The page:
A woman filed a lawsuit against the Palo Alto Police Department last week claiming that she suffered numerous injuries, including a torn ligament, when a police officer hit her in the knee, slammed her into a car and handcuffed her during an October 2021 encounter.
Harlene Grewal claimed in her complaint that the altercation occurred just after she had exited a local music venue on Oct. 15, 2021. She wrote in her complaint that two officers, Nick Enberg and Ian Johnson, arrived at her car and ordered her to provide identification. As she attempted to do so, Enberg allegedly grabbed her without telling her why or giving her any instructions, according to the suit.
Enberg then called Johnson for help and both officers attempted to handcuff her in what she called an "unlawful detention," Grewal stated in a complaint that she filed with the Santa Clara County Superior Court. Enberg also hit her in the back of her knee, which resulted in her tearing her anterior cruciate ligament and meniscus, injuries that required her to have surgery, she alleged in the suit.
Grewal, a San Jose resident who is representing herself in the suit, wrote in the complaint that Enberg slammed her against her car and applied handcuffs so tightly that she suffered injuries to both of her wrists.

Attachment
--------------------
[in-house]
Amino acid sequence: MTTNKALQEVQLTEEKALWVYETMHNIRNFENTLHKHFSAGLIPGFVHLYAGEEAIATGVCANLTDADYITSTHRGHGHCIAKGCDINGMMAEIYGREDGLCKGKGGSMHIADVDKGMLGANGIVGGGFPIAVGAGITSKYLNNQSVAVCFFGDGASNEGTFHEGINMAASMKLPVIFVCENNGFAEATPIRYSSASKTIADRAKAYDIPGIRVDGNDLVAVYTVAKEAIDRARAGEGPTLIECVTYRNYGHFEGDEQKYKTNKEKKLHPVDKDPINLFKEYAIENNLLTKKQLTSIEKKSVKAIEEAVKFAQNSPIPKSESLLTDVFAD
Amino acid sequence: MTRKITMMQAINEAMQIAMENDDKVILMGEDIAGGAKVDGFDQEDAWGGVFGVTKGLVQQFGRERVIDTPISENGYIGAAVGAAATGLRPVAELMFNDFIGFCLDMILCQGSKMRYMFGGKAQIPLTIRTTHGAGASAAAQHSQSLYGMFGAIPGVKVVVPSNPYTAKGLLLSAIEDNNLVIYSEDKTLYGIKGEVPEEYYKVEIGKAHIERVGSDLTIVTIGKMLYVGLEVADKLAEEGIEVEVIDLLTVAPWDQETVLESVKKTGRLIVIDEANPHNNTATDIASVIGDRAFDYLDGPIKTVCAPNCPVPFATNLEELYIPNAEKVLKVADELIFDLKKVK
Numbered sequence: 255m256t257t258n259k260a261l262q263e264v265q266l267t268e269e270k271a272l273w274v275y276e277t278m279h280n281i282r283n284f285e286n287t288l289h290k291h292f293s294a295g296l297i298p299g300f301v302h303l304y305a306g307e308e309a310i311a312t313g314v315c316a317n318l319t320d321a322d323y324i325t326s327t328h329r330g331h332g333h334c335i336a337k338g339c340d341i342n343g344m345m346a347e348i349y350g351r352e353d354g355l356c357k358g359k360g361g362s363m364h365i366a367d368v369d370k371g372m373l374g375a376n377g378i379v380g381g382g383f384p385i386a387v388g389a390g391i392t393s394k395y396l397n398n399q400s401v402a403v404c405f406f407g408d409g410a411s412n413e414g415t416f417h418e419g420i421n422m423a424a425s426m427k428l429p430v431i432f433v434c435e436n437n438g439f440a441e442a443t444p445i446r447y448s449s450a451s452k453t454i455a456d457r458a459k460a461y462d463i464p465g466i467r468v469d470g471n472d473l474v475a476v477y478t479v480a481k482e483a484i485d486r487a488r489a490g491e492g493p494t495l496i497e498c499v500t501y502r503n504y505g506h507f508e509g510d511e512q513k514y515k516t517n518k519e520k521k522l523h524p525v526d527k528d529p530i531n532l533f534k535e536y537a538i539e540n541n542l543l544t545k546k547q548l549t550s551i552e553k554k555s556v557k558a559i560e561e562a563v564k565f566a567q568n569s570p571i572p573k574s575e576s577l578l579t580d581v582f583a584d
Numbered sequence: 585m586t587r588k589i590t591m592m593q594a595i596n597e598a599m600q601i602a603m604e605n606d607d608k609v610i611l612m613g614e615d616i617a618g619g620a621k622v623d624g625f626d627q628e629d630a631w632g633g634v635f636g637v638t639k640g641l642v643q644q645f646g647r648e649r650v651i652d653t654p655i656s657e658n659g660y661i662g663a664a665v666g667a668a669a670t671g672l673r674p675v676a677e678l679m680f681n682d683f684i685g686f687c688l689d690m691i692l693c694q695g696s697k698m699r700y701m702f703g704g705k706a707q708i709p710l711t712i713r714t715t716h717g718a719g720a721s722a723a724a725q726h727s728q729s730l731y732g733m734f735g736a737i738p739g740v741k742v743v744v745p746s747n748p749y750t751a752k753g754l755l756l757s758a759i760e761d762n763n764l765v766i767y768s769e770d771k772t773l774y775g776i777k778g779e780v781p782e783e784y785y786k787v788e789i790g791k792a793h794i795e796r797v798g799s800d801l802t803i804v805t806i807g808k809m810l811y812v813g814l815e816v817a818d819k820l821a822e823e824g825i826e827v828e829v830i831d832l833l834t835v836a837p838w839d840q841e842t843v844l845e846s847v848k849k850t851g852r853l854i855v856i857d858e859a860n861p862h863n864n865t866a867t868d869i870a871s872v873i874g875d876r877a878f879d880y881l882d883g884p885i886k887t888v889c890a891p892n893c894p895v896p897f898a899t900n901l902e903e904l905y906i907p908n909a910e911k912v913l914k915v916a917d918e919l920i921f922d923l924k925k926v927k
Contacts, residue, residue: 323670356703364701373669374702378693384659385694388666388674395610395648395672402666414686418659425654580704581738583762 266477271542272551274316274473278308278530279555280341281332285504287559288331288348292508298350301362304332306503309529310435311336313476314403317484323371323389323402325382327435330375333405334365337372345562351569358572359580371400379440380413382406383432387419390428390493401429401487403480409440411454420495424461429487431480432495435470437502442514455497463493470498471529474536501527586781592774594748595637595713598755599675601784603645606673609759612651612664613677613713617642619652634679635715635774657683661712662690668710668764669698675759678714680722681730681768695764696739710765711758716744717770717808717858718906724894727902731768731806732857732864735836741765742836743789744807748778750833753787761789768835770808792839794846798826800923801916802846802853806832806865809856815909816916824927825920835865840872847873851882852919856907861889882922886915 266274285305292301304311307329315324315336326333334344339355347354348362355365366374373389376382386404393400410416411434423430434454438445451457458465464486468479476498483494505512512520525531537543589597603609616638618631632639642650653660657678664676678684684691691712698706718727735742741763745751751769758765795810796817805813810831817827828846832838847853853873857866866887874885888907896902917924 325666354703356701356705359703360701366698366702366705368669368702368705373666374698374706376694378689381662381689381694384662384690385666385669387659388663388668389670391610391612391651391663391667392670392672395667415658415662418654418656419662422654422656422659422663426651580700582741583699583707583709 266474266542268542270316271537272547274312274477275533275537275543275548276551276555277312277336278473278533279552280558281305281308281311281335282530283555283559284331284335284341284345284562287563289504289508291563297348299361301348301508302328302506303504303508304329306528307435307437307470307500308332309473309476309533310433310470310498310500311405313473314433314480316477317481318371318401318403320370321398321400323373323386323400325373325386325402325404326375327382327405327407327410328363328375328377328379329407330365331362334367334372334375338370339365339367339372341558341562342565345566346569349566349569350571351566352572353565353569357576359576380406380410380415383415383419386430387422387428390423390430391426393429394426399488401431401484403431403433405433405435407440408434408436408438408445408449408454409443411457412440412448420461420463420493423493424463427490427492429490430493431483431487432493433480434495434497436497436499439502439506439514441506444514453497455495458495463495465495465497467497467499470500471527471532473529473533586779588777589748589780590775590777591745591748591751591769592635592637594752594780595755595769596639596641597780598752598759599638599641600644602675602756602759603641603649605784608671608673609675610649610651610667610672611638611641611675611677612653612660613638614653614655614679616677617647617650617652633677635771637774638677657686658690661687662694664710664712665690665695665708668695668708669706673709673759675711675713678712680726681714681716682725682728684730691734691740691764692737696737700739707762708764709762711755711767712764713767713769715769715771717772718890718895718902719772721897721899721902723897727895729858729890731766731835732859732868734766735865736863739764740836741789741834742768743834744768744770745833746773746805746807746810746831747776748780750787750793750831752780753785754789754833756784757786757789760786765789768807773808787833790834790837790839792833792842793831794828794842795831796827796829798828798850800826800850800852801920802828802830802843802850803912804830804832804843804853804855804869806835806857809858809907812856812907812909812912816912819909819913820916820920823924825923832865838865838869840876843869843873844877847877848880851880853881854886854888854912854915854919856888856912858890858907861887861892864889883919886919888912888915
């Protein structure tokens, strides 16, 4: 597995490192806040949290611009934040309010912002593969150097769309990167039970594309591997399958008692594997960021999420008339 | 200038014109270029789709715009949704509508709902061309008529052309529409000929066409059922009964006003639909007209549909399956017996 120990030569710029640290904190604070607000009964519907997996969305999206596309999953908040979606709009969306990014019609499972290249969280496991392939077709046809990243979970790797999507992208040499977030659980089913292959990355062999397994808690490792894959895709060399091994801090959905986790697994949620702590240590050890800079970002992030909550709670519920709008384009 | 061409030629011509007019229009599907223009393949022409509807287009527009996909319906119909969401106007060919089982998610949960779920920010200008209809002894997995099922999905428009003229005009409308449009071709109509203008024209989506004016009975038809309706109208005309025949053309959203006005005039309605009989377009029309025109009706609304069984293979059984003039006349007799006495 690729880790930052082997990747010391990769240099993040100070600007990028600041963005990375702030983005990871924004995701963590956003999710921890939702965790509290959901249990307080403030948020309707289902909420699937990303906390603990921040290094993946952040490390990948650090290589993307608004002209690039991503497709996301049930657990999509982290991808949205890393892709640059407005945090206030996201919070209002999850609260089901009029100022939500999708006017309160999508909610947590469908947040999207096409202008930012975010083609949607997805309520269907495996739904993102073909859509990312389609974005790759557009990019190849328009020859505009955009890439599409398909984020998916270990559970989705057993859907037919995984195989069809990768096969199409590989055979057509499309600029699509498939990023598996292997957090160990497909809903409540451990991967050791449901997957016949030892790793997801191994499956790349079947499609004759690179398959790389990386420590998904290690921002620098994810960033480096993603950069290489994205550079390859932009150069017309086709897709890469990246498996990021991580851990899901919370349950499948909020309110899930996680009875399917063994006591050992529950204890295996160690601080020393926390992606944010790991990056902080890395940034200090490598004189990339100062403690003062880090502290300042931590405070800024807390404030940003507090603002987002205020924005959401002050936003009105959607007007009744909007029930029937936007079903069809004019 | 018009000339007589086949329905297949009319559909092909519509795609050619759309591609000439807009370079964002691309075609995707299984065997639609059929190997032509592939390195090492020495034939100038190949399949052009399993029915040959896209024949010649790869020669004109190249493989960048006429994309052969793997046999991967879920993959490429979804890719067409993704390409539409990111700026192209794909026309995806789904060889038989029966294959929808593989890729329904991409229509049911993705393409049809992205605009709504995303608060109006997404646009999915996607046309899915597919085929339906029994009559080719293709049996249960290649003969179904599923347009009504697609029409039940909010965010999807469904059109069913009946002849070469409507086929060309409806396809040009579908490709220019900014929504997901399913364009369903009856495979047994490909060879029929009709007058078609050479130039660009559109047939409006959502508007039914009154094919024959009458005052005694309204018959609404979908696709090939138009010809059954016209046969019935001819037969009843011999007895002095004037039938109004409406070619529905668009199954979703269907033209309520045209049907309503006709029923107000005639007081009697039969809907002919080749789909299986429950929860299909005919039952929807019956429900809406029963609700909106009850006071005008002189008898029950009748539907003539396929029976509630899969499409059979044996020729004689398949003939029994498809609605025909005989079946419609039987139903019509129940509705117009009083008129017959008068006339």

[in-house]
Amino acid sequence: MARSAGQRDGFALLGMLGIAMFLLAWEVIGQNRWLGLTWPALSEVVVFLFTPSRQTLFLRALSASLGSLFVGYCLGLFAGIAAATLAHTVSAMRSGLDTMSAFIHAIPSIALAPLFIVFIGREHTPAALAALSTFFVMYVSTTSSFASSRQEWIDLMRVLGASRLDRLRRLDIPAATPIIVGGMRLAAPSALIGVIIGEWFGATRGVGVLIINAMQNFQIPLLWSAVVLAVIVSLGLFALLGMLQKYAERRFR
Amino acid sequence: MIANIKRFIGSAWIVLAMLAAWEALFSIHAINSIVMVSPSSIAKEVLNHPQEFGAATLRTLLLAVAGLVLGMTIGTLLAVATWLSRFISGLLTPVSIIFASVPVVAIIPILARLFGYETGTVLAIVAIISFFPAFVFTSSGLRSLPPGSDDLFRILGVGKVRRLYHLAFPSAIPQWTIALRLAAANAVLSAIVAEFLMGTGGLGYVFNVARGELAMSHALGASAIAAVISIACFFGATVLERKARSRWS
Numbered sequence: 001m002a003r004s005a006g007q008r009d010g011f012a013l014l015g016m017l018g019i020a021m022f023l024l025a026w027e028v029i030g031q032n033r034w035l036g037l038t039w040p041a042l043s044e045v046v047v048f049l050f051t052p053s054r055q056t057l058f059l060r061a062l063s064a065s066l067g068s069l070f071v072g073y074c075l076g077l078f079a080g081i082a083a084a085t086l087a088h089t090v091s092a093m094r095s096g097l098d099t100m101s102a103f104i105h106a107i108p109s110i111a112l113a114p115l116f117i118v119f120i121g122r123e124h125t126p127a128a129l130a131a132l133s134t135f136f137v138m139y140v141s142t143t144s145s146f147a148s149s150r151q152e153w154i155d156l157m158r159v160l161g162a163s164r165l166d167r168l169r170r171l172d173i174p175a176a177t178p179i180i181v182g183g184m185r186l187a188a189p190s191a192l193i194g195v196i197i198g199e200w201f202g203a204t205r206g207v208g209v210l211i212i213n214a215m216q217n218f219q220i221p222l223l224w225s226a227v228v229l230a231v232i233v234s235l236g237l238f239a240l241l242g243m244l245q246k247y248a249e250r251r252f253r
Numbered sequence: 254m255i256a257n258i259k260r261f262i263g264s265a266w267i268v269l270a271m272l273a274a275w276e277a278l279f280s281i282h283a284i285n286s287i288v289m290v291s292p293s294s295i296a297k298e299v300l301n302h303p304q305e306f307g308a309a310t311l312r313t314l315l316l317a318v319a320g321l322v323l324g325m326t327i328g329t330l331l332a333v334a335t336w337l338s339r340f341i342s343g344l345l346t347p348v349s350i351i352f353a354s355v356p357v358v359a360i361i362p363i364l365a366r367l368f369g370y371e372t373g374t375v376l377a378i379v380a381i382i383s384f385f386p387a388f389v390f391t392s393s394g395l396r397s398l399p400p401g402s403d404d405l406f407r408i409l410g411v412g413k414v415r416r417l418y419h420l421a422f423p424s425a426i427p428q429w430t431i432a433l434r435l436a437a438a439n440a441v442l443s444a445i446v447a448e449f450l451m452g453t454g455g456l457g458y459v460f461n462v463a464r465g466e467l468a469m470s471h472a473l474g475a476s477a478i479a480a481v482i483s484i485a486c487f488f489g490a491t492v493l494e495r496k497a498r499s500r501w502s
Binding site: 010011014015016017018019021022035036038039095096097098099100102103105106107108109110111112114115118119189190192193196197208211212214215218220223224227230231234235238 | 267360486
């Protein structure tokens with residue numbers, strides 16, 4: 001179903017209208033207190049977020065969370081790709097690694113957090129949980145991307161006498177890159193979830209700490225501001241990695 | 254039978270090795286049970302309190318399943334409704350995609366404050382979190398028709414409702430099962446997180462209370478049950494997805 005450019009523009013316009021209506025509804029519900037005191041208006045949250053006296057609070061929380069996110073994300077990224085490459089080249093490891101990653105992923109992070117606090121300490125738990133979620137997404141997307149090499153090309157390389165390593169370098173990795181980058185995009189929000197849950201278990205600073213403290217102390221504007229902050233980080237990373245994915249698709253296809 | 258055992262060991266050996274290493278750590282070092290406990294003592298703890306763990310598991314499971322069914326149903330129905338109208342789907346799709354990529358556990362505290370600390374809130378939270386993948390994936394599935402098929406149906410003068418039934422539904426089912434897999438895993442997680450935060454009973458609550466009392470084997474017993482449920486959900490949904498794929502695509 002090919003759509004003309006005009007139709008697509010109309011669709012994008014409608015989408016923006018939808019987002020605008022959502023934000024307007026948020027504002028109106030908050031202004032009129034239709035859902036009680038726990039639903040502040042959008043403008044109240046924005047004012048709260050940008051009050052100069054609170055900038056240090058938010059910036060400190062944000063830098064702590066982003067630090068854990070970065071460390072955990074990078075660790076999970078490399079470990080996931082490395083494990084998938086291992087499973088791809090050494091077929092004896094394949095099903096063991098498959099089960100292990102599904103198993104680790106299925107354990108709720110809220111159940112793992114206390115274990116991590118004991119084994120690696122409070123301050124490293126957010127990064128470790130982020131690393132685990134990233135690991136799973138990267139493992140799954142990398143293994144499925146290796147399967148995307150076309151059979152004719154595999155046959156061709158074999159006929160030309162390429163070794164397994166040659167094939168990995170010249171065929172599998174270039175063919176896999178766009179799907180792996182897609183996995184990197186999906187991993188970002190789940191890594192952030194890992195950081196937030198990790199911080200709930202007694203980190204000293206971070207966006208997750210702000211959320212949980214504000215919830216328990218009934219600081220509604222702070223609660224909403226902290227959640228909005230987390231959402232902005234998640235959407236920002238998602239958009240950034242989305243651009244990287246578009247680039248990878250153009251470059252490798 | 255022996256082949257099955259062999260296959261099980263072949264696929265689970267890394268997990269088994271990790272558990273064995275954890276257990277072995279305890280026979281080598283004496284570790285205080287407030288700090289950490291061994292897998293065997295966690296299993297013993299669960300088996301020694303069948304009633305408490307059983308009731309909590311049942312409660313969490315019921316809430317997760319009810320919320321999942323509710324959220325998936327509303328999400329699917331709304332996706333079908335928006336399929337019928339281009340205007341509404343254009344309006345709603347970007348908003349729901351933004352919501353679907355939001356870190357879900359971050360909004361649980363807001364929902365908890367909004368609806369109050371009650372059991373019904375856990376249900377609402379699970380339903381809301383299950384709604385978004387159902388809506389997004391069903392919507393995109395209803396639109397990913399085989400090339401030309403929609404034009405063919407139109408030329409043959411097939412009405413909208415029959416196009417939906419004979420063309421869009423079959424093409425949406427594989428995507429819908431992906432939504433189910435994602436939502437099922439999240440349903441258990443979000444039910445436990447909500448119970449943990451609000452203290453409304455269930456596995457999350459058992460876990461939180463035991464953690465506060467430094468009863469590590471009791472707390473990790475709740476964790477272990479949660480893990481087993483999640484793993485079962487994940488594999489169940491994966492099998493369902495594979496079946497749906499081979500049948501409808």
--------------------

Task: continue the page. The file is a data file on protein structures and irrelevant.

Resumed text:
"To this day, Grewal suffers extreme pain and reduced mobility," her complaint states.
Grewal argued in the complaint that the actions of the officers constituted excessive force and that they violated her constitutional rights under the Fourth Amendment, which prohibits unreasonable searches and seizures. She is seeking compensatory and punitive damages as well as attorney costs and a declaration that the officers' actions were unlawful.
Grewal could not be reached for comment Monday. The city did not respond to questions about her allegations.
Her lawsuit comes nearly a year after the city reached a settlement with Joel Alejo, who was repeatedly bitten by a Palo Alto K-9 in a case of mistaken identity as he was sleeping in a shed in Mountain View and police were looking for a kidnapping suspect. Enberg also was involved in that case, with body camera footage showing him leading the K-9 toward Alejo and ordering it to bite while another officer screamed at the man to "stop resisting" during the June 2020 altercation.
The city reached a settlement of $135,000 with Alejo last December.